As the 2017-18 school year begins to wind down, three seniors in the Electrical Wiring class at the Bohlen Technical Center have put the finishing touches on a major project that has been their focus dating back to their junior year: wiring a greenhouse using solar energy.
The greenhouse is located on the Bohlen campus and is used by the Pre-Tech Academy program. Plants inside the greenhouse were not growing properly due to high temperatures inside the building, necessitating a fan system that could blow hot air out and bring cold air in to maintain the greenhouse temperature at 78 degrees. Pre-Tech instructors approached James Rehley’s Electrical Wiring class in regards to the project.
Taking it on were Bryan Nielsen, Dylan Hartle and Sean Spezzano, all of whom attend General Brown. They began work back in the spring of 2017 and continued working on the greenhouse into their senior year. The three worked on installing solar panels on top of a shed adjacent to the greenhouse. Energy collected by the panels is then wired to several batteries located inside the shed. Those batteries then connect to wiring inside the greenhouse which operates the fans. The fans are programed to kick on when the temperature is ready to get above the 78 degree threshold.
The three students worked on digging trenches and installing PVC piping to connect the greenhouse and the shed. They were also given first-hand experience in installing electrical conduit inside the greenhouse. This part of the project forced the three to get creative in some instances to connect the wiring to the fans.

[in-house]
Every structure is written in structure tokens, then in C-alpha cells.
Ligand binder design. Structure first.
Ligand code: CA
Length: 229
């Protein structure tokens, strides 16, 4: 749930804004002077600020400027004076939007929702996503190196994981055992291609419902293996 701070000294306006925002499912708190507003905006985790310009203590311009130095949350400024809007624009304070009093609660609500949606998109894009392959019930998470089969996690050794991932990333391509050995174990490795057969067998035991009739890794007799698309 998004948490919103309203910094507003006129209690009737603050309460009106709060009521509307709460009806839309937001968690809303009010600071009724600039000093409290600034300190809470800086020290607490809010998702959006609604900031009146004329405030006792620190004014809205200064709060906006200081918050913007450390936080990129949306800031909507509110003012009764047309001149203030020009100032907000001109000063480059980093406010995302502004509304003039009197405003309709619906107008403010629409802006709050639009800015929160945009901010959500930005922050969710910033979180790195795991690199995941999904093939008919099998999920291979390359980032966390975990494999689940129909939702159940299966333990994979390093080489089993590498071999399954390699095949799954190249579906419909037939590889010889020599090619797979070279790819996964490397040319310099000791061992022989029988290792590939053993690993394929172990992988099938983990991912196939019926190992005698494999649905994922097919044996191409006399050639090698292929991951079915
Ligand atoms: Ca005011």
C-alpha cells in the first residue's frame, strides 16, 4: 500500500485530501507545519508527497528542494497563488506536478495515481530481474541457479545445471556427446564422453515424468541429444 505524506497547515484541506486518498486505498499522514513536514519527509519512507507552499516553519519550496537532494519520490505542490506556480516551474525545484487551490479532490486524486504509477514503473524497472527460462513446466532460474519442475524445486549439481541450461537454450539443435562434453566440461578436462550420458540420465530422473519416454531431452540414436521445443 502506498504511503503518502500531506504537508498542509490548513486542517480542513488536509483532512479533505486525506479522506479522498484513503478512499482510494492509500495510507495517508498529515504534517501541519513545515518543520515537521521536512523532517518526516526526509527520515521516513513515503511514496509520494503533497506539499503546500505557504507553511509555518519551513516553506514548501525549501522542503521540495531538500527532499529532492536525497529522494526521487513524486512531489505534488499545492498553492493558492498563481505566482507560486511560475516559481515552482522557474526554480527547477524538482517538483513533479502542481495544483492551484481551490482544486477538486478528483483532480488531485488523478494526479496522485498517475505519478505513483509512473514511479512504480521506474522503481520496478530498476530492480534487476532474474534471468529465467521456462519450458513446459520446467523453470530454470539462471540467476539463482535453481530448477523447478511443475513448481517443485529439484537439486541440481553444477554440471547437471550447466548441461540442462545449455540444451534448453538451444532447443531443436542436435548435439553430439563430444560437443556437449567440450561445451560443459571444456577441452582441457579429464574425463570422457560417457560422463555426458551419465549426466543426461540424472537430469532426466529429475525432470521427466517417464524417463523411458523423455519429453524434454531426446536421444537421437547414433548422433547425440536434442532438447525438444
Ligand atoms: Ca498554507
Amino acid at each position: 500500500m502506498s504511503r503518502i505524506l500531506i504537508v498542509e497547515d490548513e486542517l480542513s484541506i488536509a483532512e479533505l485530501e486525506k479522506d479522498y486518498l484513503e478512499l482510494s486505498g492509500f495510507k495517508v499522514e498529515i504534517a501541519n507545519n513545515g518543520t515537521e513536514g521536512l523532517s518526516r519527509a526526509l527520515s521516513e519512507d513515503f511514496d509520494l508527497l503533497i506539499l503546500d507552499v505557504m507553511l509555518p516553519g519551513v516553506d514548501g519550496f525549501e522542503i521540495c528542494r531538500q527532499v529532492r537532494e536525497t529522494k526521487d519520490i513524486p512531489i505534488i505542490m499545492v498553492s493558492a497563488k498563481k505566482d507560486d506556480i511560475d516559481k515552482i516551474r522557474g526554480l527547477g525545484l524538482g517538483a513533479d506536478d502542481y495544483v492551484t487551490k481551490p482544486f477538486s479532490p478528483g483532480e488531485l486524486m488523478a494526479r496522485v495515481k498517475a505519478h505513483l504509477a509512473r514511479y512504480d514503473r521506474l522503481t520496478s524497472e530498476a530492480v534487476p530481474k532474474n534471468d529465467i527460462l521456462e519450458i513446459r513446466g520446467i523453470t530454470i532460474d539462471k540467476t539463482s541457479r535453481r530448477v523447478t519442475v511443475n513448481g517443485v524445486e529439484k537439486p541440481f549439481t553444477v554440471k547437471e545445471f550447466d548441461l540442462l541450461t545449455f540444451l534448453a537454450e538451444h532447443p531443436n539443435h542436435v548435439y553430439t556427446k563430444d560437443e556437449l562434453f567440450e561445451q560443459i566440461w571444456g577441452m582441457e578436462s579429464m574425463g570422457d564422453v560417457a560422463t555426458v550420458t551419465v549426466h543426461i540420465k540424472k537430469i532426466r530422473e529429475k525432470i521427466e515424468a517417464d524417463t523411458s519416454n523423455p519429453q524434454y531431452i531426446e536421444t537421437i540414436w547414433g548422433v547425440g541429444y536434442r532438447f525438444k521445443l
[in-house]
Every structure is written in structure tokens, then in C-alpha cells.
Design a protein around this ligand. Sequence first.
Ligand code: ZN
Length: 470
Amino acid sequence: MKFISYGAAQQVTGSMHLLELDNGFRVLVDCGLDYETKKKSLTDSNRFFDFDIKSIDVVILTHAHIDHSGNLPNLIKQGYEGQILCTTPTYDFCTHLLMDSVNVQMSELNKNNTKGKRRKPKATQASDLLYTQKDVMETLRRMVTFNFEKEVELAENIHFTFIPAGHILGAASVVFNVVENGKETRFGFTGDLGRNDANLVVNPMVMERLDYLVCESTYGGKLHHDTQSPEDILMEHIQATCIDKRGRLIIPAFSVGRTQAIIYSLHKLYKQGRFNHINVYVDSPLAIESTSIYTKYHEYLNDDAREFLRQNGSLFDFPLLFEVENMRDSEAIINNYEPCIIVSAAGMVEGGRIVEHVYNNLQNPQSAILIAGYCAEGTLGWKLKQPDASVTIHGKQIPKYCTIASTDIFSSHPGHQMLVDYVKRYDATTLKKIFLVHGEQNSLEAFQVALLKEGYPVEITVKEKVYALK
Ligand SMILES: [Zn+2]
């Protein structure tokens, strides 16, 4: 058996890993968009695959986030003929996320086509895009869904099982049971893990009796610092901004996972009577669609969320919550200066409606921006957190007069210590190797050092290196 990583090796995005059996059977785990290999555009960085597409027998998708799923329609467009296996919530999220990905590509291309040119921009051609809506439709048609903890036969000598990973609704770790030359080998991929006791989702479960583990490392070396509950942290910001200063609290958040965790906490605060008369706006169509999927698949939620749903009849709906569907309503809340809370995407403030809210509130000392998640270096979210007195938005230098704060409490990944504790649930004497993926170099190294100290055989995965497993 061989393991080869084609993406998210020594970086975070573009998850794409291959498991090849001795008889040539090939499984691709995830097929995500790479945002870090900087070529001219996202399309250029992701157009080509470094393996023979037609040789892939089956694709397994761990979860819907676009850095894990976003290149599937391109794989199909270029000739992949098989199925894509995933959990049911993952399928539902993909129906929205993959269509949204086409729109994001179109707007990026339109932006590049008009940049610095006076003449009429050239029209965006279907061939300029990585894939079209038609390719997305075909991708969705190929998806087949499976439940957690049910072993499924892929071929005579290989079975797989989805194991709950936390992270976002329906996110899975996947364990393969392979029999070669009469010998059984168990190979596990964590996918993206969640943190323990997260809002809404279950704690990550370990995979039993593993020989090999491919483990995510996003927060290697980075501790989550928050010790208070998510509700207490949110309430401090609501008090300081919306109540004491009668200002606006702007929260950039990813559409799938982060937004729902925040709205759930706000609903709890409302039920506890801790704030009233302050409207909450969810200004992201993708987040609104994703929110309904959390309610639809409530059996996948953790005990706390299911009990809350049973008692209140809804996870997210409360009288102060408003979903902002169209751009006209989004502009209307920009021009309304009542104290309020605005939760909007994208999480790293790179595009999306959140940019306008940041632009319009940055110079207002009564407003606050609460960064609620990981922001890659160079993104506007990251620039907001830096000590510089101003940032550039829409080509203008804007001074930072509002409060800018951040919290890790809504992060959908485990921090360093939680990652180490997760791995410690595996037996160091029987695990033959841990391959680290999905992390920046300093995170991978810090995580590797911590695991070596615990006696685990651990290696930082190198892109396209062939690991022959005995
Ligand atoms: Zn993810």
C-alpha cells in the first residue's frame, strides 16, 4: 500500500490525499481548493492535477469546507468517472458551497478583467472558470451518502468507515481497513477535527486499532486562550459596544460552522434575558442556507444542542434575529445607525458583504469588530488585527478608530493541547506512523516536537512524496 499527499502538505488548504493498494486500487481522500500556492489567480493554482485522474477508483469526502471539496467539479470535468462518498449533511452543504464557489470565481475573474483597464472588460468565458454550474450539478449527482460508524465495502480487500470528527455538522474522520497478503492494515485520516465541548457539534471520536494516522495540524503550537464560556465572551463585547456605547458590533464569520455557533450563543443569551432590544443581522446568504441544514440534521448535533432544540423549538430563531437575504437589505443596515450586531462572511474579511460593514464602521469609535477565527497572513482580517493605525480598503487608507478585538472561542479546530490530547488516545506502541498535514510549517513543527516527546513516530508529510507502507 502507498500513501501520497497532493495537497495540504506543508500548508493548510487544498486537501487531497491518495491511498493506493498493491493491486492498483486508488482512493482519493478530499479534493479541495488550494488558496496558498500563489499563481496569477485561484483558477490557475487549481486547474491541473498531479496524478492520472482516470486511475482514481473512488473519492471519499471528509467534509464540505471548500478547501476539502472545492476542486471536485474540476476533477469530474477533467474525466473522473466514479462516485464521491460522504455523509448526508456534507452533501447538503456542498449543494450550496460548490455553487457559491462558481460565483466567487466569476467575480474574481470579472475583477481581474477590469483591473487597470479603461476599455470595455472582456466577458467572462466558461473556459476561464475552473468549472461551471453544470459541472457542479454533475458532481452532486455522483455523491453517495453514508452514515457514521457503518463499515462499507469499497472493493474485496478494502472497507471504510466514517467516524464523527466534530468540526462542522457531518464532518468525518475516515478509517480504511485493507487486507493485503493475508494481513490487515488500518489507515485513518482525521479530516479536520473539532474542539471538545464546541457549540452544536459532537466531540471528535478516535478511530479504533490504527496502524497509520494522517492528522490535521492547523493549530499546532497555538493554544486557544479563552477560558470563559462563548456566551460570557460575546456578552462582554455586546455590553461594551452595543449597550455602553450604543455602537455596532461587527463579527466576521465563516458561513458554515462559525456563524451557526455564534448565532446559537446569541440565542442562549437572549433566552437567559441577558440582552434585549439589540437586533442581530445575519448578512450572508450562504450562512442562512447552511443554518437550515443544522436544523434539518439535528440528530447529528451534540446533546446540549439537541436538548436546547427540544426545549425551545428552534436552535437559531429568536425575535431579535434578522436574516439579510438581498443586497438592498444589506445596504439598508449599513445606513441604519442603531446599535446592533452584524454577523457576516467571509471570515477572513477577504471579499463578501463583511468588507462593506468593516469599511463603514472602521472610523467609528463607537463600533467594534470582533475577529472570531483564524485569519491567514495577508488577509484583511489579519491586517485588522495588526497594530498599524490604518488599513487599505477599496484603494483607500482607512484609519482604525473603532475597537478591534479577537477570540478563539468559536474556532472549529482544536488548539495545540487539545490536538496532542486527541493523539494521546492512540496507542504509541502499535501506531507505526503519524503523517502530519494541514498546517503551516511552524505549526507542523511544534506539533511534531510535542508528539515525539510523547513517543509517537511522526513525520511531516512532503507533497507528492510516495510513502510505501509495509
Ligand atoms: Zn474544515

Bryan Nielsen shows off the wiring inside the shed
“It forced us to think and to troubleshoot,” says Dylan.
“It really taught us to plan ahead as well before you undertake something,” says Bryan. “There were a few instances when we realized we were lacking tools and had to go back to the classroom to get what we need, which added additional time to the project.”
All three students say the greenhouse project proved to be a huge learning experience that should pay dividends when they enter the workforce.
“This gave us a leg up because green energy is going to be a big thing in the future when it comes to energy,” says Sean. “Especially for me since I’ve looked at working for a couple of different solar companies.”
The conduit inside the shed as installed by the students